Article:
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RECIPE: Yes, this is the perfect peri-peri prawn dish for any season

A classic Mozambican Portuguese dish which has assimilated into South African cuisine over the years

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By House & Garden South Africa | October 25, 2022 | Recipes

These are my best Peri peri prawns. A classic Mozambican Portuguese dish which has assimilated into South African cuisine over the years. You could say it’s one of our traditional dishes too. I made this recipe with my own mild version of peri peri sauce, and these were the best I have ever eaten.

In the mood to make your own peri peri sauce, Image: Sam Linsell

Making your own peri peri sauce allows you to control the levels of heat. In my case, this means I can make it really mild. African birds eye chillies are used to make traditional peri peri sauce and they are extremely fiery. I took the seeds out to temper the heat, but leave them in if you like things spicy.

I have included four milder chillies in the recipe to add to the sauce as an option. If you can’t find African birds eye chillies use Thai red chillies.

There are so many very good commercially available peri peri sauce options to choose from if you didn’t want to make your own. Find your favourite and at what heat level you prefer and add it to these peri peri prawns. I love Nando’s, Ruys, Fabrica do Prego and the sauce from my local favourite Portuguese restaurant Diaz tavern.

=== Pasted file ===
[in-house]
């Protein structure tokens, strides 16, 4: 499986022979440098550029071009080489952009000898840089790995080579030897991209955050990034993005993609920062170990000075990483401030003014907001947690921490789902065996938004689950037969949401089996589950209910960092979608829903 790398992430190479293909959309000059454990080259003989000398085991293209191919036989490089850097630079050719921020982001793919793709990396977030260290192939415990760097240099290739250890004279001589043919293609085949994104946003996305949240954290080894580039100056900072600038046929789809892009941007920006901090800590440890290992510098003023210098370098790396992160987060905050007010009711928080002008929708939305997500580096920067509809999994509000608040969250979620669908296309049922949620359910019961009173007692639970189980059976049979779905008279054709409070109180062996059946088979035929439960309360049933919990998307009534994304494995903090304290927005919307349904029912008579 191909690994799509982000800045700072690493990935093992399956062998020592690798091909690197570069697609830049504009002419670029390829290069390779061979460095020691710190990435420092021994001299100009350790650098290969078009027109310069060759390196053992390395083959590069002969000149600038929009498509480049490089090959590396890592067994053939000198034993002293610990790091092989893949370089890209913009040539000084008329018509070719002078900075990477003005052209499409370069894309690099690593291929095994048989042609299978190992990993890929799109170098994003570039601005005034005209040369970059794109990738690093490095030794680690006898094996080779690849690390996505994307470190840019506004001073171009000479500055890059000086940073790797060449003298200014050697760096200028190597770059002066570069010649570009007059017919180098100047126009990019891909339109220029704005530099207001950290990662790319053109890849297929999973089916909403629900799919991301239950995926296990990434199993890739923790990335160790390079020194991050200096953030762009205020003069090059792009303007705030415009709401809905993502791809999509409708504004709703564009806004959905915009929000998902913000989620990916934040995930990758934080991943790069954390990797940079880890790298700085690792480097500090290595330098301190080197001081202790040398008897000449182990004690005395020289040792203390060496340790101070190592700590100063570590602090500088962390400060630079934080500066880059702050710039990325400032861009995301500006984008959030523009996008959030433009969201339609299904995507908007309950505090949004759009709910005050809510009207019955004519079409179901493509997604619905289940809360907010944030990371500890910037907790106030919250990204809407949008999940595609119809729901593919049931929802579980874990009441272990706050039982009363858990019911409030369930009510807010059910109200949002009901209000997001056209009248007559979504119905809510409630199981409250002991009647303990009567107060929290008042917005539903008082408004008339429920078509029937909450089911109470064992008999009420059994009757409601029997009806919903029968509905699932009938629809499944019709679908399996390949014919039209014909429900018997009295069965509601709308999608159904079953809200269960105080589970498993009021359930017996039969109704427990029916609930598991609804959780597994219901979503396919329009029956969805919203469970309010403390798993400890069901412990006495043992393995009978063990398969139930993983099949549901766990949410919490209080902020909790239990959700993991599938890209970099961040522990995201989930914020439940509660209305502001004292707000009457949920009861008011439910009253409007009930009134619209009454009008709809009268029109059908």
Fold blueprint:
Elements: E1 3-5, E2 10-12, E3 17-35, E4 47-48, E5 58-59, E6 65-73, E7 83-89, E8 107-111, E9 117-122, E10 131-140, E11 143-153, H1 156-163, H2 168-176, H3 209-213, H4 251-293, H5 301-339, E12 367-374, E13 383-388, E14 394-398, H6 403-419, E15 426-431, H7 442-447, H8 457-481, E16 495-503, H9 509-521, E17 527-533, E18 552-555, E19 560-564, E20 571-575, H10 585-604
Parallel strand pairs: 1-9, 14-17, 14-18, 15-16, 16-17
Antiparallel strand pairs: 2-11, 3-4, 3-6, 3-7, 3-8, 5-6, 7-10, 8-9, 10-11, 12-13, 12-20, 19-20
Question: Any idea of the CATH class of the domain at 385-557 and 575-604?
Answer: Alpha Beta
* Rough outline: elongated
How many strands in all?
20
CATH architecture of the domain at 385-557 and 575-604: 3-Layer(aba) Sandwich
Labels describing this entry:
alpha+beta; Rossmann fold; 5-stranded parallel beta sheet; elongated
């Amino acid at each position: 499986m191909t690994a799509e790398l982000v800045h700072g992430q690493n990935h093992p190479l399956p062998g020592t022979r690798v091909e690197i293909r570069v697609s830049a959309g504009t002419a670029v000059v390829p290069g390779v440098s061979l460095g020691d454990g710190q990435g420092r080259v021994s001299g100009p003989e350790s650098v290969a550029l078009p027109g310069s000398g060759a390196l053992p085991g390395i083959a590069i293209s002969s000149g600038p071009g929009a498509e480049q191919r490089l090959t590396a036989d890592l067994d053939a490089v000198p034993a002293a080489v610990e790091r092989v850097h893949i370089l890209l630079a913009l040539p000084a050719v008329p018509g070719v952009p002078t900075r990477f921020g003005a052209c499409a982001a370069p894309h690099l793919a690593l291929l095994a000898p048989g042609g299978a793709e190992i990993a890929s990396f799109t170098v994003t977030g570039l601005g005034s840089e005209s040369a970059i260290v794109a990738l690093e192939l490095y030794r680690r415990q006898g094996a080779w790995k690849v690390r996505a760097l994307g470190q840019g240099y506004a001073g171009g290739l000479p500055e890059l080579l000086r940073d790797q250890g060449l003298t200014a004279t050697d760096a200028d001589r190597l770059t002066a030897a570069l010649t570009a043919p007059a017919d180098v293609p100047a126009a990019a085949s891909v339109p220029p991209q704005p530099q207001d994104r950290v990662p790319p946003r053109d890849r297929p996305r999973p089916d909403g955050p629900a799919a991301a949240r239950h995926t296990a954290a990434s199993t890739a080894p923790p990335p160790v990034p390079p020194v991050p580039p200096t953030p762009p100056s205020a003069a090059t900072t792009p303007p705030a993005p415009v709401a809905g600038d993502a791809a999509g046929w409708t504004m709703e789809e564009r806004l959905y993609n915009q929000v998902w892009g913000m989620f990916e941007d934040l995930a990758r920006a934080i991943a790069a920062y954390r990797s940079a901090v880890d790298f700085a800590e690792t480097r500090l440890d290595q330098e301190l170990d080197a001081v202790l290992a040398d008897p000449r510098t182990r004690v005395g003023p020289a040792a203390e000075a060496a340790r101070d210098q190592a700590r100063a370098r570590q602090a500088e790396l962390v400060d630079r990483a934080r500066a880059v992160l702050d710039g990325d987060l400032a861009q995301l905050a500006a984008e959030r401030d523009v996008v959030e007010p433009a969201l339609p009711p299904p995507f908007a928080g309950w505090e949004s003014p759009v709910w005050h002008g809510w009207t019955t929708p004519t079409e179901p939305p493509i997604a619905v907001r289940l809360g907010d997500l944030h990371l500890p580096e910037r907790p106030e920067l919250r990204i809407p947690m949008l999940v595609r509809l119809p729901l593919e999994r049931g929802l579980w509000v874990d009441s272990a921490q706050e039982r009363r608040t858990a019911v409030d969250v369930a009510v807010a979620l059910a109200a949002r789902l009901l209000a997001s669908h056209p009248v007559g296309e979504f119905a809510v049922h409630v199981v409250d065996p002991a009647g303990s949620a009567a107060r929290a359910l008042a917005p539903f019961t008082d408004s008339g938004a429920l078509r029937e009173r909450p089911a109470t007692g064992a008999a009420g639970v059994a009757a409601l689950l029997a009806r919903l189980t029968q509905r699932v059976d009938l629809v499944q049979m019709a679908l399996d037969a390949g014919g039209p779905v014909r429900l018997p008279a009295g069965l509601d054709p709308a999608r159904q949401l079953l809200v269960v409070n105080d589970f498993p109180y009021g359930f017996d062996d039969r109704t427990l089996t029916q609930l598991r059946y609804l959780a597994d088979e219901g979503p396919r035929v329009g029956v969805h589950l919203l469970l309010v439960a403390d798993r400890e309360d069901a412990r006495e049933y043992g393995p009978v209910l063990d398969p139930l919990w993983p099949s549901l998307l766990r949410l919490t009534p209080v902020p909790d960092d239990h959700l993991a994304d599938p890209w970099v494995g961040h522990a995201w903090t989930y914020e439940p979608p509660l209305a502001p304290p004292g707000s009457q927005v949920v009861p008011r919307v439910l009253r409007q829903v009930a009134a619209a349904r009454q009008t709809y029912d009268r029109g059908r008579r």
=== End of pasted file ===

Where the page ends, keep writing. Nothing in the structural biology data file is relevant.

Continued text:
Peri peri prawns are wonderful cooked over a fire but I love them cooked on a pan or a wok with this recipe. The sauce is so delicious you will want to save each drop.


500gm queen or large prawns, cleaned and deveined but heads kept on

¼ cup peri peri sauce (see my recipe below) or use your favourite store-bought option

2 Tbs olive oil

50gm / 3.5 Tbsp Kerrygold butter

3 fresh bay leaves

3 garlic cloves crushed

1 –2 small deseeded chillies (omit if you are using a hot sauce)

Juice from 1 lemon

½ cup / 125ml) dry white wine

2 Tbsp chopped parsley (and a little extra for garnish)

¼ cup brandy to flambe


Place your cleaned prawns in a flat dish. Place all the ingredients except the brandy into a small pot and heat until the butter has melted. Pour this over the prawns.

Marinate for 2 hours.

Heat a large non-stick frying pan or wok. You could do this on a large flat pan (skottel) on the fire. Add the prawns with all the marinade to the pan and cook until the prawns just start turning pink. Be careful not to overcook prawns as they will carry over cooking. If in doubt cook them slightly under.

Heat the brandy in a small pot and pour over the hot prawns. Light this to flambé the prawns.

Recipe written by Sam Linsell

This article originally appeared on Drizzle and Dip

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